The lives of a close-knit group of brothers growing up in Iowa during the days of the Great Depression and of World War II and their eventual deaths in action in the Pacific theater are ... See full summary »
A semi-documentary dramatization of five weeks in the life of Vice Admiral William F. "Bull" Halsey, Jr., from his assignment to command the U.S. naval operations in the South Pacific to the Allied victory at Guadalcanal.
Maj. Pete Sandidge is a very able pilot who seems to have a streak of luck as far as flying goes. World War II is raging and Pete has come out of it pretty so far. He even has a beautiful ... See full summary »
A South American plane loaded with an assortment of characters crash lands in a remote jungle area in the middle of a storm. The passengers then discover they are in an area inhabited by ... See full summary »
A poor family in Florida saves all the money they can in order to plan something special for the soldier they've invited to Sunday dinner. They don't realize that their request to invite ... See full summary »
The lives of a close-knit group of brothers growing up in Iowa during the days of the Great Depression and of World War II and their eventual deaths in action in the Pacific theater are chronicled in this film based on a true story. Written by
After the deaths of the five Sullivan brothers during World War II, their parents, went on to assist in the war effort as a tribute to their five sons. See more »
In the first scene of the brothers as little boys they race from home to the railroad to see their father pull away on the train, and the last fence they have to climb over to reach the rail yard is shown first as a wooden-framed wire fence which the oldest four brothers climb over, but in the next cut to the fence, showing the youngest brother Al climbing over, the fence is missing it's wood frame and is instead an all-wire fence. See more »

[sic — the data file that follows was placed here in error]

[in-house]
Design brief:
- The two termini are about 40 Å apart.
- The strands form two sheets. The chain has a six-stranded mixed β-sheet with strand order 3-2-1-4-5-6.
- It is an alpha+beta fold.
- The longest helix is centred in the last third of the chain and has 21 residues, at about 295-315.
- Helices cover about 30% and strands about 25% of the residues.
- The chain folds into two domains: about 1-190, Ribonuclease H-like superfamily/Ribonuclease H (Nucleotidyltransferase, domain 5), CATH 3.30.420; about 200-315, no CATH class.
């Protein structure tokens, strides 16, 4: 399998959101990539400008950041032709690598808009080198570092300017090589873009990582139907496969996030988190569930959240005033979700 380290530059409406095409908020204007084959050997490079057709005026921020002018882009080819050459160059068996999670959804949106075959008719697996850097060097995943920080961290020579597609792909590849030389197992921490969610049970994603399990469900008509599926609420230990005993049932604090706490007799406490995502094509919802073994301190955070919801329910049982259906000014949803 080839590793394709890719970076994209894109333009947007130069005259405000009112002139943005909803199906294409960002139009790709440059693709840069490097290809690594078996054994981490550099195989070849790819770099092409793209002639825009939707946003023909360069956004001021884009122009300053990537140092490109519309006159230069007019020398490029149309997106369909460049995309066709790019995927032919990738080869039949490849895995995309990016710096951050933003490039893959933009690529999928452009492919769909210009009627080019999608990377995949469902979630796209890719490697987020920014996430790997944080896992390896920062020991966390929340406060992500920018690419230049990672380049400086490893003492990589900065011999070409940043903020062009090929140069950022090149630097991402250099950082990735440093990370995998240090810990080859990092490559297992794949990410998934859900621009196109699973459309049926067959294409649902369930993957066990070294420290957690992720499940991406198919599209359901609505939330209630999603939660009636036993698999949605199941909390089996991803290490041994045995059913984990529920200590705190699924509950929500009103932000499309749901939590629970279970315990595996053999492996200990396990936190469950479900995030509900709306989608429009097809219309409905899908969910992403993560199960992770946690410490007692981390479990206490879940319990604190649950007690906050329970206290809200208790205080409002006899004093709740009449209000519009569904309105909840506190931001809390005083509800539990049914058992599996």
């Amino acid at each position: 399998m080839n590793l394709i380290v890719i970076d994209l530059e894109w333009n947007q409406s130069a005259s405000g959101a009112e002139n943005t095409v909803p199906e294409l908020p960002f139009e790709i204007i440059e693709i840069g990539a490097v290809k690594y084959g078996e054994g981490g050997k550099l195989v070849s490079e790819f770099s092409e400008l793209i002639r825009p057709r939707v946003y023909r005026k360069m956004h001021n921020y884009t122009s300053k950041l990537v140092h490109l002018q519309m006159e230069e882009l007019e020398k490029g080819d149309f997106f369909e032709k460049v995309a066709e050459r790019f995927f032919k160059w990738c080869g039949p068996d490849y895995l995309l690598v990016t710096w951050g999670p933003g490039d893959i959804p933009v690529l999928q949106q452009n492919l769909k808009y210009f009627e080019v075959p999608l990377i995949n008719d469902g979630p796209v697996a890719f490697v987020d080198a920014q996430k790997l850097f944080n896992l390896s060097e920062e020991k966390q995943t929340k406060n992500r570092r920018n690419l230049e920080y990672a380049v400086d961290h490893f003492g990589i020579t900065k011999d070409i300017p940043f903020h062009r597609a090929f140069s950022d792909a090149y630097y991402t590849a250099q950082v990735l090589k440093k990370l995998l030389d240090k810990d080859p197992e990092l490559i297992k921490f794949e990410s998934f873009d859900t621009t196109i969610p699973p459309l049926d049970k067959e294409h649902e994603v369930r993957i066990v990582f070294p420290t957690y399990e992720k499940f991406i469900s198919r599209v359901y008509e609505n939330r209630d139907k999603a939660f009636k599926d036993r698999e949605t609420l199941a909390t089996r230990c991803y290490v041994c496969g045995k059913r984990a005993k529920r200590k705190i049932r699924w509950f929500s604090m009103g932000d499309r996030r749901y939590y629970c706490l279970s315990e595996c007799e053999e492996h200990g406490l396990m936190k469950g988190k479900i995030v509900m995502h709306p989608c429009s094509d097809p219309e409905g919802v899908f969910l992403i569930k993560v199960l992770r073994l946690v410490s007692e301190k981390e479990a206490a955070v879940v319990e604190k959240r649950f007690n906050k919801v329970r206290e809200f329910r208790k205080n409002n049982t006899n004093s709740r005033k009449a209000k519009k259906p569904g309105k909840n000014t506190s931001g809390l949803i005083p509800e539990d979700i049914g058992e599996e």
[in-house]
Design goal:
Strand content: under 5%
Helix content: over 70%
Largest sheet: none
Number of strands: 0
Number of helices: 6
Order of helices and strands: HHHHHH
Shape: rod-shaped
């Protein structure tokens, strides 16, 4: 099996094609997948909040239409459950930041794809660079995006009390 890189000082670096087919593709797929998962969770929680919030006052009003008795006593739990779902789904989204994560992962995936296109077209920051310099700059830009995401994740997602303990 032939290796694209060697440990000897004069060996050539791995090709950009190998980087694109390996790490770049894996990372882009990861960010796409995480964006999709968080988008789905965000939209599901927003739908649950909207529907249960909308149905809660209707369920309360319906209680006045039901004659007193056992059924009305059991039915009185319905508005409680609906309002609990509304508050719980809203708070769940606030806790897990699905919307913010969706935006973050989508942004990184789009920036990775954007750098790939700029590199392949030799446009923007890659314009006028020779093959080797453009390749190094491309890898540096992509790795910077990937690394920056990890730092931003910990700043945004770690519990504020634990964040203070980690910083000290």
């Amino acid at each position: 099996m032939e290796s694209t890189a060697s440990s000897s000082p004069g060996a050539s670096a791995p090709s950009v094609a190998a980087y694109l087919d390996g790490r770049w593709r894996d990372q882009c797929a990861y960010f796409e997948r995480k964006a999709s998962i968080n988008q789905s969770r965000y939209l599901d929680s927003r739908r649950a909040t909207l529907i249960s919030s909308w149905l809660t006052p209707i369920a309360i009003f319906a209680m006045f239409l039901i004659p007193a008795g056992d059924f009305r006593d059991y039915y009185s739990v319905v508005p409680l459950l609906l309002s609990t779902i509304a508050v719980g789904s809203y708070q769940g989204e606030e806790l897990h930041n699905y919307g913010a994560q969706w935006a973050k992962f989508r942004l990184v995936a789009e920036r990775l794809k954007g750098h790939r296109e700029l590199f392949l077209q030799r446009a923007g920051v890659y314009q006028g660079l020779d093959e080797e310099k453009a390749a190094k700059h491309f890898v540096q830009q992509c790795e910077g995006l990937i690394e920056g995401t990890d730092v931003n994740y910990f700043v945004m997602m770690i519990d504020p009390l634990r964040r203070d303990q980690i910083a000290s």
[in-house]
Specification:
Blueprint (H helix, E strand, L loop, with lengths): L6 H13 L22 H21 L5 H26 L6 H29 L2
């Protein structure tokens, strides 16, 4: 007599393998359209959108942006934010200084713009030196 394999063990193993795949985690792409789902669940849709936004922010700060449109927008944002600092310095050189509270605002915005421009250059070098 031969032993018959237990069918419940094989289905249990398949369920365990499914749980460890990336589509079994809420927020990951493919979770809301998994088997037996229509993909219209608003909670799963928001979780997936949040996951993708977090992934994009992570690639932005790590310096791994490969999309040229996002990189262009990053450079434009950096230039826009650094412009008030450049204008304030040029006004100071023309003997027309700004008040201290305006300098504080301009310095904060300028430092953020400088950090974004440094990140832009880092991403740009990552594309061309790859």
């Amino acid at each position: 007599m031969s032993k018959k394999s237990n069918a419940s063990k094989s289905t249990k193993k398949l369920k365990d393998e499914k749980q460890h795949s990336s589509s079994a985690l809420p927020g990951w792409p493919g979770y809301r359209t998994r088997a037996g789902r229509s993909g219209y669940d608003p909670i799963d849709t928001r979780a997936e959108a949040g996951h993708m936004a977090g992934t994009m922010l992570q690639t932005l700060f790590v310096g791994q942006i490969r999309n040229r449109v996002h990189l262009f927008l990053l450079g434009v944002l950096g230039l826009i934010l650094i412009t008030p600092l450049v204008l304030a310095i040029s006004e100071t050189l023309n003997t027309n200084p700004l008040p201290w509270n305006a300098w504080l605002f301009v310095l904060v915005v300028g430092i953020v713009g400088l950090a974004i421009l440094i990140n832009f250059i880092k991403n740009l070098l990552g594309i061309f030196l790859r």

Naval Officer at Boat Launching:
Today, as we launch the destroyer, U.S.S. The Sullivans, the parents of the five Sullivan boys are here to share in the tribute to their sons, even as they shared their fighting spirit. As this ship slides down the ways, it carries with it a special armor all its own: The flaming and undaunted spirit that is the heritage of its name. The five Sullivan boys are gone; the U.S.S. The Sullivans carries on. May God bless and protect this ship. May her destiny be as glorious as the name she bears.
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This is one of the few movies I've seen that really made me cry. I agree with others who wrote about this and would definitely put it up there with The Best Years of our Lives as one of the great World War II pictures. Saving Private Ryan didn't move me as much as this mainly because we really don't get to know Private Ryan (or his brothers, for that matter). In this movie, we get to know all of the brothers, especially the oldest and the youngest. It did feel a bit like the Waltons in the first hour (were homes really that apple pie in Iowa in the 30s?) But watching the boys come of age and struggle with basic teenage issues, and then watching them enlist, made their fates all the more powerful. Yes, I knew what was going to happen but I was moved all the same. This movie should be required viewing for everyone who adored Saving Private Ryan.
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